Congress passes a general law and gives a government agency the authority to implement that law. This law is called the authorizing statute or the enabling statute.
The agency develops regulations, or rules, to carry out the legal duties that Congress gave them.
Rules often appear for the first time in the Unified Agenda. The Unified Agenda is a list of declared actions and rules that agencies anticipate making. It is published twice a year. Organized by agency, the the Unified Agenda often includes the title of the rule, summary, date, and whether it is proposed or final.
Research Tip: Usually things in the Unified Agenda have not been published in the Federal Register yet, so the Unified Agenda is typically the first public notification of rulemaking. Stakeholders will keep a close watch on this list to know what is coming up.
Before agencies officially submit a proposed rule, they have to submit a draft of the proposal to the White House. It goes to the Office of Management and Budget, Office of Information and Regulatory Affairs (OIRA). OIRA must approve the proposed action to make sure it is constitutional and within the agency's authority to enact.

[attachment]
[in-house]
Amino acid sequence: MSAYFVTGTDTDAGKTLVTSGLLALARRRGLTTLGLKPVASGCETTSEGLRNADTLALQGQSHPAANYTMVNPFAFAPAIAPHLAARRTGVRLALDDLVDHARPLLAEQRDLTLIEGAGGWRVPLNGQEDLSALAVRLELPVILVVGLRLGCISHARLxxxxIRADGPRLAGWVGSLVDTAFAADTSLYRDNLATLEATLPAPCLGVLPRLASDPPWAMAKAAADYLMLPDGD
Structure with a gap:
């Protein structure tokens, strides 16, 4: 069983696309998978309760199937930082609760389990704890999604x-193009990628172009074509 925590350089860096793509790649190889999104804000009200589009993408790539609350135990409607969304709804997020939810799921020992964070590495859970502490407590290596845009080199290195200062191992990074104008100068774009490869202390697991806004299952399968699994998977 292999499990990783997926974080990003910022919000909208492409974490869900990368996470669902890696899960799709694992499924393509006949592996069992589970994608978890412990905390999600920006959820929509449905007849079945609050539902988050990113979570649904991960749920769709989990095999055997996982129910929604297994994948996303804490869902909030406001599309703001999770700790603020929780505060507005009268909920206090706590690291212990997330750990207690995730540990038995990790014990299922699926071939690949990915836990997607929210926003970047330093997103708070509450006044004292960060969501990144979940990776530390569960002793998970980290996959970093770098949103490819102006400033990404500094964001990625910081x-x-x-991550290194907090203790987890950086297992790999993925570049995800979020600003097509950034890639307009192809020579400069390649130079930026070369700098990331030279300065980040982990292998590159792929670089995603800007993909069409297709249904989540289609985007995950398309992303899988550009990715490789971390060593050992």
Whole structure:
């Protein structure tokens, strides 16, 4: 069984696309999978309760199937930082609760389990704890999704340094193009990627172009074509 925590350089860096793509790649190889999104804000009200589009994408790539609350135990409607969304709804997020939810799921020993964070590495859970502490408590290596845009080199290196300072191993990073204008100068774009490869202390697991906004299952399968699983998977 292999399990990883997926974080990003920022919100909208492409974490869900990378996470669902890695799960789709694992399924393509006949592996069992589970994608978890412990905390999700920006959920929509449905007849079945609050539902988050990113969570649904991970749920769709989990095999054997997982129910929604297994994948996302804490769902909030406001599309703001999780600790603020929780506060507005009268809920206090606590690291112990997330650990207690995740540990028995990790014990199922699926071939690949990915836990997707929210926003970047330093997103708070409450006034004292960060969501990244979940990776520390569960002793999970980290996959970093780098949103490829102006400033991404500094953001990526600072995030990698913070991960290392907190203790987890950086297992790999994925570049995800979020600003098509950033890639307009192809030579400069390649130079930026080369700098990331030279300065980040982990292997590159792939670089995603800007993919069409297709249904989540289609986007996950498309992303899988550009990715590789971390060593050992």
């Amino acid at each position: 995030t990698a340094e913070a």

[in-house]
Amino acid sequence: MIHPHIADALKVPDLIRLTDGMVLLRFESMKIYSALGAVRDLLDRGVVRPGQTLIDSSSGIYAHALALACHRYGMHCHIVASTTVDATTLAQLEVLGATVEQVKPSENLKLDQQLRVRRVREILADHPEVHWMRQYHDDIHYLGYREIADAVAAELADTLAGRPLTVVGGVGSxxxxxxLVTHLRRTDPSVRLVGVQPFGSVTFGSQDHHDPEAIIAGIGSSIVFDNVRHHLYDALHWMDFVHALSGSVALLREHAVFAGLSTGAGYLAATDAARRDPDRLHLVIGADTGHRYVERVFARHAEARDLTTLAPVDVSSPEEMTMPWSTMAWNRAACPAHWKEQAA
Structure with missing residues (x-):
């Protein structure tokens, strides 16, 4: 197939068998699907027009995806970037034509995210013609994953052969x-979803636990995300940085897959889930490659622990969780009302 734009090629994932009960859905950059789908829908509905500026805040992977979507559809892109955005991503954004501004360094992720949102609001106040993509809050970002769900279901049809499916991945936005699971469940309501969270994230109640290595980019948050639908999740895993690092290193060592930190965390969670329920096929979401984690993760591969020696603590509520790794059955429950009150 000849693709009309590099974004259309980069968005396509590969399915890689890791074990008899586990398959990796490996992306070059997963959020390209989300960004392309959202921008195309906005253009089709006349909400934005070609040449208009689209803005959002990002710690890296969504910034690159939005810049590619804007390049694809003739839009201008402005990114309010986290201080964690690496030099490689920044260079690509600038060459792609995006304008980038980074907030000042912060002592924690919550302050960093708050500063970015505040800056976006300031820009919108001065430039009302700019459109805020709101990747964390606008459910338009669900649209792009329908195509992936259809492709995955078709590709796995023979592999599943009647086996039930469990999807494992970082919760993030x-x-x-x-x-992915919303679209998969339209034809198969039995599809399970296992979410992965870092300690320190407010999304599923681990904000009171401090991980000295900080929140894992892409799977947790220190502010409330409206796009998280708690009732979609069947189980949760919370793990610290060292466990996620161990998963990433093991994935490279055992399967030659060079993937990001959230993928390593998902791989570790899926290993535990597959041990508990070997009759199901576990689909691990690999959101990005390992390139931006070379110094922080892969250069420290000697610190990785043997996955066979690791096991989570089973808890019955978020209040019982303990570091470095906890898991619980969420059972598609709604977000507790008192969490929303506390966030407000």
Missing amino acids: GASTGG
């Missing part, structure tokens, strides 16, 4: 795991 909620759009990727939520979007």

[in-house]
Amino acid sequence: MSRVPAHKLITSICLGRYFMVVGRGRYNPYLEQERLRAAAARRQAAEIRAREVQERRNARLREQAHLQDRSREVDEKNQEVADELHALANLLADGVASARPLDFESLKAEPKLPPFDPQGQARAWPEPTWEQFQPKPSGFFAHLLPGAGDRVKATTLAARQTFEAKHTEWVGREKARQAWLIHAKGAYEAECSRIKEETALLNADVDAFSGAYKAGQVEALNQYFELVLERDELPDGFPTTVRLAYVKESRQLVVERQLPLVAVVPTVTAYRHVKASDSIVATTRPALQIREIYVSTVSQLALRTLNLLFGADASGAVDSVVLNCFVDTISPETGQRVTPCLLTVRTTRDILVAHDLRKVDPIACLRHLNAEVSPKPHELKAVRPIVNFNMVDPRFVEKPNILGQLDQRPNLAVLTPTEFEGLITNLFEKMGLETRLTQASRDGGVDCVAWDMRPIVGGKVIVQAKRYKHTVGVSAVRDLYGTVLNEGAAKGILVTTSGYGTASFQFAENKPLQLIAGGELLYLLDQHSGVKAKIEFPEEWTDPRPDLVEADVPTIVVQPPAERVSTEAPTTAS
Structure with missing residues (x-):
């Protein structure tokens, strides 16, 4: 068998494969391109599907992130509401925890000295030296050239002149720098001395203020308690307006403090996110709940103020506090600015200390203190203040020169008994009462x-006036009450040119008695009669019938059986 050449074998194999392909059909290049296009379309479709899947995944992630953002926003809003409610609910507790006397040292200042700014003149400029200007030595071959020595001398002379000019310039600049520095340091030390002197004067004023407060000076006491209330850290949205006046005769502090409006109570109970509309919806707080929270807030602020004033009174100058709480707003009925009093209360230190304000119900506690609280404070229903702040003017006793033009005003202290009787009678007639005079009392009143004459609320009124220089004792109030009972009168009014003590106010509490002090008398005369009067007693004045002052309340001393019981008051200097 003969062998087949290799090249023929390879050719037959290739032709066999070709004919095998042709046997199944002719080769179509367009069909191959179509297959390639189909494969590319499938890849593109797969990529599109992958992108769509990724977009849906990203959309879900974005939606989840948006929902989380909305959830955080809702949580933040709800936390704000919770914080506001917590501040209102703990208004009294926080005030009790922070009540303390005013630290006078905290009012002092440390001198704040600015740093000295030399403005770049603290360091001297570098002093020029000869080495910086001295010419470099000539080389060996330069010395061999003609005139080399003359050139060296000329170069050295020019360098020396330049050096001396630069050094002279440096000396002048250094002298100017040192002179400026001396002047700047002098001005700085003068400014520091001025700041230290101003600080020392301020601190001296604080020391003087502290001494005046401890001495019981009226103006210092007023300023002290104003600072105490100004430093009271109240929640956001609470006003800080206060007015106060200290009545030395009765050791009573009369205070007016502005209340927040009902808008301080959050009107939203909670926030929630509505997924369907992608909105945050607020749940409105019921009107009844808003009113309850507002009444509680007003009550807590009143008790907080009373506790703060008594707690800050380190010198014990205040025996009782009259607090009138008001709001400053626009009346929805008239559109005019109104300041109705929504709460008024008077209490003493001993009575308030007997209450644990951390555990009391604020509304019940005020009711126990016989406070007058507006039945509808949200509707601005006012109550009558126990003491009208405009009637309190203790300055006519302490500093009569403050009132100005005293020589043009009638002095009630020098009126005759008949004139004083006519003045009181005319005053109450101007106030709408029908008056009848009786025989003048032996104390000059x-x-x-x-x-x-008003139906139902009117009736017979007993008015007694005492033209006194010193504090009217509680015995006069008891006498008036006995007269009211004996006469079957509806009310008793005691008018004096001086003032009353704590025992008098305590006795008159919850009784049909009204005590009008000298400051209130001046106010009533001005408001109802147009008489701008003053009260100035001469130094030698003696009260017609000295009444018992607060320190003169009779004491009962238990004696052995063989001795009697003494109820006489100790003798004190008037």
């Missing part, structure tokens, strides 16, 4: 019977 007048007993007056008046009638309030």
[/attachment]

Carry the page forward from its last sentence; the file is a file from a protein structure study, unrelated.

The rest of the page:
Submission to OIRA is the next public opportunity to know about an upcoming rule.
Search for rules under review at reginfo.gov.
If OIRA passes the intended rule through its review, the agency publishes it for the first time in the Federal Register as a proposed rule. The Federal Register is considered the first official notice to the public.
Most rules go through these steps:
Rules are first published as a Proposed Rule. A Proposed Rule is a draft of what the rule might be. It should contain all the public information necessary for stakeholders to understand the what the rule does, why it is being proposed, and how it will affect others.
Proposed Rules will have a comment period where the agency accepts feedback on the rule. Comments from the general public as well as from businesses and lobbyists are allowed. Agencies are required to state where and how people should submit comments, but most are accepted electronically at regulations.gov.
After the comment period closes, the agency will re-write the rule based on comments received. The final version appears in the Federal Register. No more comments are allowed. The final rule shows the finished text of the regulation and when it goes into effect. The final version marks the end of the regulatory process.
Final rules are incorporated into the Federal Code of Regulations (CFR).